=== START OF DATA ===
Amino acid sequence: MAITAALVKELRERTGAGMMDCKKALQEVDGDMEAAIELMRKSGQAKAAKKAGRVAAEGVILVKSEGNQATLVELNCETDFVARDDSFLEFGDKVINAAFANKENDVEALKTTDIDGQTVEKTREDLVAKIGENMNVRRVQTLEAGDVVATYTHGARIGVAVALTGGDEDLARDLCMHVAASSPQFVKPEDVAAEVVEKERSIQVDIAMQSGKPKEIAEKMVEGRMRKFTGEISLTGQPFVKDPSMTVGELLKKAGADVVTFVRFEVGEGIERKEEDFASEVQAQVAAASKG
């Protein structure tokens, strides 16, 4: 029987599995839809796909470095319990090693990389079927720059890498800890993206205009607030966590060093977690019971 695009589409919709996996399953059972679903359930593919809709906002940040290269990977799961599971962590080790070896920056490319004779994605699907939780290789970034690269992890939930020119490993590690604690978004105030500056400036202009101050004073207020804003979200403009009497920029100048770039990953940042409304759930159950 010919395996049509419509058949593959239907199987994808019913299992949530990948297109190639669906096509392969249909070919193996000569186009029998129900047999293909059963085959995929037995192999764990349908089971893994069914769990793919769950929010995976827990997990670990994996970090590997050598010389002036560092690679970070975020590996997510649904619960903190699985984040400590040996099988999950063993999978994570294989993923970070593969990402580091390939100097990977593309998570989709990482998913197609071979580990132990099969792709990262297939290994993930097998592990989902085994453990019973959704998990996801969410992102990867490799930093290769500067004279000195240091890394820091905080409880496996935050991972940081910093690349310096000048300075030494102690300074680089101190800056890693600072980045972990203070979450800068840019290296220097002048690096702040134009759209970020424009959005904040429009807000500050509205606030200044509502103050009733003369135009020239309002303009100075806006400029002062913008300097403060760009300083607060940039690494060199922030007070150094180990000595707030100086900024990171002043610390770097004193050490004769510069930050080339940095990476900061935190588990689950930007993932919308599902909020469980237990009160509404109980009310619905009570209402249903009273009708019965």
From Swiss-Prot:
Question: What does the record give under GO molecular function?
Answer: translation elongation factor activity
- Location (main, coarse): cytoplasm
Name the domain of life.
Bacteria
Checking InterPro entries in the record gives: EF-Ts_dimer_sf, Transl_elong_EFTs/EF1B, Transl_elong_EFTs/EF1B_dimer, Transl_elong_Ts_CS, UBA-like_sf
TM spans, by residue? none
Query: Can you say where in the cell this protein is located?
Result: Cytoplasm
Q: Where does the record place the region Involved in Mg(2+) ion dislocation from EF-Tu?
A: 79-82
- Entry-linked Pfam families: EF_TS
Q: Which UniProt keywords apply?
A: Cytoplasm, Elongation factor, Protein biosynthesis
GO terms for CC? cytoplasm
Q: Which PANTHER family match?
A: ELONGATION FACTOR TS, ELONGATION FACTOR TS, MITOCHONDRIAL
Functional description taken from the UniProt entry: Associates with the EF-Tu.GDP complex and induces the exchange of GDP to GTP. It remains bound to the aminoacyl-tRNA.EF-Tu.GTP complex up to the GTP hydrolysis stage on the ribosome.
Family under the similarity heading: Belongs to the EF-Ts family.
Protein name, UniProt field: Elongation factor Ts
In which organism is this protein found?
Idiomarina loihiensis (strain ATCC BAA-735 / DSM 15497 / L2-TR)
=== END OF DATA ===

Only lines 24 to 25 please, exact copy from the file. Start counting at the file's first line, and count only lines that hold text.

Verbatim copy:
In which organism is this protein found?
Idiomarina loihiensis (strain ATCC BAA-735 / DSM 15497 / L2-TR)